Owners submit plans to begin demolishing The Glen

Owners submit plans to begin demolishing The Glen

WILMINGTON, N.C. (WECT) - Nearly 11 months after Hurricane Florence caused significant damage to one of Wilmington’s largest affordable apartment complexes, property owners have begun the process to tear them down.

In late July, property owners began the process of demolishing the sprawling 17.48 acre complex.

According to public records obtained by WECT, Phillips Management Group (PMG) initially submitted plans to tear down the apartments on July 22. However, a New Hanover County spokesperson said because of the type of units within The Glen, the company will have to submit a demolition permit request for each individual building.

On July 24, PMG submitted a new demolition request, which indicates it received permission to begin tearing down the business office on the property. Then, crews will have to disconnect all of the utilities other than fire hydrants before work can begin on the rest of the buildings.

WECT reached out to PMG, but so far has not received a response from the property owner regarding the plans.

However, the contractor for the company listed on the demolition permit request said work will begin shortly, and crew vehicles could be seen on the property Wednesday afternoon.

For neighbors of the vacant complex, the progress isn’t coming a moment too soon.

A Nuisance

Kelly Smith and her significant other live directly behind the complex on Crete Drive, and she said they had a front row seat to what has been going on at The Glen for the last nine months.

Smith said the initial exodus from the apartments was so swift, many tenants were unable to take all of their belongings with them.

When the complex was finally empty, she said transient individuals took up illegal residence in the units.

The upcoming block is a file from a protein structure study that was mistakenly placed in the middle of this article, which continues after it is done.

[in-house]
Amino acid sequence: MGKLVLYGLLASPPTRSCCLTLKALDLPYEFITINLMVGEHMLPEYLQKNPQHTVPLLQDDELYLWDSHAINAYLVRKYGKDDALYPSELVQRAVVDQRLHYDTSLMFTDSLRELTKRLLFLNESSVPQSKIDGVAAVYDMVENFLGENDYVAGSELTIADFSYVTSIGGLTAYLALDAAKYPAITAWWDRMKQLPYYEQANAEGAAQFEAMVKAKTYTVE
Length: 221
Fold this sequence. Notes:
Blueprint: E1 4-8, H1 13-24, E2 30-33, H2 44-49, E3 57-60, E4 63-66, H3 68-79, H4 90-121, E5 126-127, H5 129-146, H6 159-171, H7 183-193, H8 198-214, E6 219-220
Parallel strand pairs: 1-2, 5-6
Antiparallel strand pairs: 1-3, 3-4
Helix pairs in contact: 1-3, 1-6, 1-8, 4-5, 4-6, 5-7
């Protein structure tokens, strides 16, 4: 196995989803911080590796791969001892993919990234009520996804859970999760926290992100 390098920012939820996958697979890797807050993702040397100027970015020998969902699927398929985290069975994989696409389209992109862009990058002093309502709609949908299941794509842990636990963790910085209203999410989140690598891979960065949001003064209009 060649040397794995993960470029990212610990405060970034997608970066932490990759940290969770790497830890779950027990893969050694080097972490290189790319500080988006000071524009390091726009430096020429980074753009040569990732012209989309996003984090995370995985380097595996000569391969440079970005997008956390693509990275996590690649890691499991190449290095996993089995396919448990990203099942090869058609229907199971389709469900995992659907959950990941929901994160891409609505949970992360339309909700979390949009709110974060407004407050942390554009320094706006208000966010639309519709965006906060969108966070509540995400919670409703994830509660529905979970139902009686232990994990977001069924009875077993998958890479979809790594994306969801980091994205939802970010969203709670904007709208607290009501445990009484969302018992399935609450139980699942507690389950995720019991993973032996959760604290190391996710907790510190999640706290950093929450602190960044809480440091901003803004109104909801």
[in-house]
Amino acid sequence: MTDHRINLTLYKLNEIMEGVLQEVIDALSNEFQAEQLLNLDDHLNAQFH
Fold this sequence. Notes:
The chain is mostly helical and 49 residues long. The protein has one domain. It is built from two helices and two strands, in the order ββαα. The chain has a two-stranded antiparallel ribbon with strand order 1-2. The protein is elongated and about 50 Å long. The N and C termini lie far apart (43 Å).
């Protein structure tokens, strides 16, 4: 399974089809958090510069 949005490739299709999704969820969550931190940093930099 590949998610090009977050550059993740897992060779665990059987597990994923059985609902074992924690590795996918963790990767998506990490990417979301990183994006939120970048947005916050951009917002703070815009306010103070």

“Because so many people had left so many things behind, at first it was a way for the homeless or those in need to maybe, find resources that they were in need of,” Smith said, “[but] it turned into survival for people, then the drug culture caught on.”

Smith said beginning around January or February, she and others in the neighborhood began to notice increasing foot traffic, as people cut holes in or jumped the fences around The Glen, as well as people dropping off bags and other items for people living in the abandoned complex.

“We started noticing some really iffy behavior,” she said.

One day, she confronted a few individuals about parking in her yard while conducting what she believes was a drug deal. She said she was threatened by the individuals and her significant other was nearly run-over by their car.

“It just got to be very uneasy to live around here,” she said. “It got to where I didn’t even feel safe walking my dog at night.”

Smith and others called the police frequently over the span of several months.

City of Wilmington officials said they received those complaints from the police department, and on June 20, issued a notice that the property had been declared a public nuisance.

Since then, a city spokesperson said PMG has worked with the city to secure the property and abate the issues.

Smith said after the nuisance was declared, she and her neighbors noticed an improvement within about a week.

Now, she said she hopes PMG can not only clean up the property, but return it to the community as the same valuable resource it once was.

“It’s just such a sad thing, because [The Glen] was affordable housing for people, and that’s a big crisis in our area right now," she said. "So I really hope they can turn The Glen into affordable housing for our community.”

WECT will continue trying to reach PMG representatives and update this story if information becomes available.

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